Conflict simulation, peacebuilding, and development

Daily Archives: 07/06/2014

Review: Starkey et al, International Negotiation in a Complex World

074256679XBrigid Starkey, Mark A. Bowyer, and Jonathan Wilkenfeld, International Negotiation in a Complex World 3rd ed. Lanhan, MD: Rowman & Littlefield, 2010. $29.95 pb.

This book neither contains simulations, nor it is primarily about the application of gaming methodologies. Instead, it is an introductory undergraduate university textbook on the dynamics of international negotiations. It seemed worth of a short review on PAXsims, however, for two reasons. First, gaming metaphors are used to structure the thematic organization of the volume. Second, the appendix contains some brief discussion off the use of simulations as active learning in the study of international relations, with particular emphasis on the ICONS Project.

Following a general introduction to the topic of negotiations in international relations, the book moves on to examine “the board” (namely, the international system and the way it shapes international negotiation, as well as the relevant factors shaping particular negotiations), “the players” (both states and transnational actors), “the stakes” (issues, issue salience, and two-level negotiation), “the moves”” (strategic choices, with some application of game theory), and outcomes (including a brief case study of the US and Iraq). Through, key terms and concepts are clearly identified and explained, and text boxes provide additional examples. There might have been a little more integration of the research literature on negotiations, but overall I found it to be a well-crafted volume that would serve well in the classroom. The gaming metaphor works well, and is one that will help students make sense of the negotiation process.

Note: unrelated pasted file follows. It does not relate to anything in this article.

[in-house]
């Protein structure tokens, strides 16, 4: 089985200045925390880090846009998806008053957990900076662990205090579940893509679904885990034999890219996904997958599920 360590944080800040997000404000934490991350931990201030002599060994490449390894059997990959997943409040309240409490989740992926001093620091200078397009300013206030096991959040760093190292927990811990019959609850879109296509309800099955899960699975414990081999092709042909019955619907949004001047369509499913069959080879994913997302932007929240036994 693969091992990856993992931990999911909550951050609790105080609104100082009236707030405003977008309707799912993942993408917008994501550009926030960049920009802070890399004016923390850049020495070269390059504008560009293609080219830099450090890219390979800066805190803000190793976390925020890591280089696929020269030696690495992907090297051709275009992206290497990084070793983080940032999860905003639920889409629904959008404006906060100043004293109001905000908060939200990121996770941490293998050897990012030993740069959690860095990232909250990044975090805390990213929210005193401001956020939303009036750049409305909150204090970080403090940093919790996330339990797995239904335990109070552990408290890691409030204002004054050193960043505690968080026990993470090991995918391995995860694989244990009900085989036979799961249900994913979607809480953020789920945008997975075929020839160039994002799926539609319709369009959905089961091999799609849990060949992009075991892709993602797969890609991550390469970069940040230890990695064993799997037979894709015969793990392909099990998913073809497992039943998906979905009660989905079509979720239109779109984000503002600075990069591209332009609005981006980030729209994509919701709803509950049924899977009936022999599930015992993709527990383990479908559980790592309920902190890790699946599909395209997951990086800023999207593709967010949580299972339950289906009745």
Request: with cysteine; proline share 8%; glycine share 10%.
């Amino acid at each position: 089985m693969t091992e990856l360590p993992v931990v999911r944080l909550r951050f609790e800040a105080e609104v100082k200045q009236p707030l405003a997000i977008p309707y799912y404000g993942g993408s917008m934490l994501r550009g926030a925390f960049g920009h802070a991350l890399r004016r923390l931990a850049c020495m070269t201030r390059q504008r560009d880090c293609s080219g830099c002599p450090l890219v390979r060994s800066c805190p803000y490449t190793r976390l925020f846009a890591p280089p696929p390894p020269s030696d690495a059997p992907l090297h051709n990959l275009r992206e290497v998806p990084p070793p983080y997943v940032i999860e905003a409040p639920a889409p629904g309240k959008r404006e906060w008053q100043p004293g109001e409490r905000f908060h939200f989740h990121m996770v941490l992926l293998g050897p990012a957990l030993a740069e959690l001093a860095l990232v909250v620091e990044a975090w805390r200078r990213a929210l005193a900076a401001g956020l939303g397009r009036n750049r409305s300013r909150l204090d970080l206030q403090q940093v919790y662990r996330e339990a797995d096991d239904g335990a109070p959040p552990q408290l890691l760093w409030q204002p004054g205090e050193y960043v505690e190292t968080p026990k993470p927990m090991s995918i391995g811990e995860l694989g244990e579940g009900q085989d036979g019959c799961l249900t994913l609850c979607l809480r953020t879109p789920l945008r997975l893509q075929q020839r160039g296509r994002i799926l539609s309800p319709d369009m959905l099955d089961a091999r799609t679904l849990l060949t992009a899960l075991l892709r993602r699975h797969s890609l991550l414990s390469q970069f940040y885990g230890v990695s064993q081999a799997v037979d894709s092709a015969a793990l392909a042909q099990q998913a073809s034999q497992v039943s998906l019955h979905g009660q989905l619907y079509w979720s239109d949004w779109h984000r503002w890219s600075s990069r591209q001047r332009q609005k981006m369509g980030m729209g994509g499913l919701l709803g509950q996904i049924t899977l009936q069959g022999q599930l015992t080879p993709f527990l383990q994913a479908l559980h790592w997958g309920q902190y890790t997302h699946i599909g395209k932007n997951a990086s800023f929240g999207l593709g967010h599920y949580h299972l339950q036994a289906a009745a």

The appendix on ICONS provides students with a basic understanding of how the ICONSnet website and software works. It might have been useful if this discussion had been broadened a bit and made a little less ICONS-specific, so that it might serve as well for courses that use other negotiation simulations. Still, as this brief section shows, ICONS is certainly well suited to teaching negotiation.


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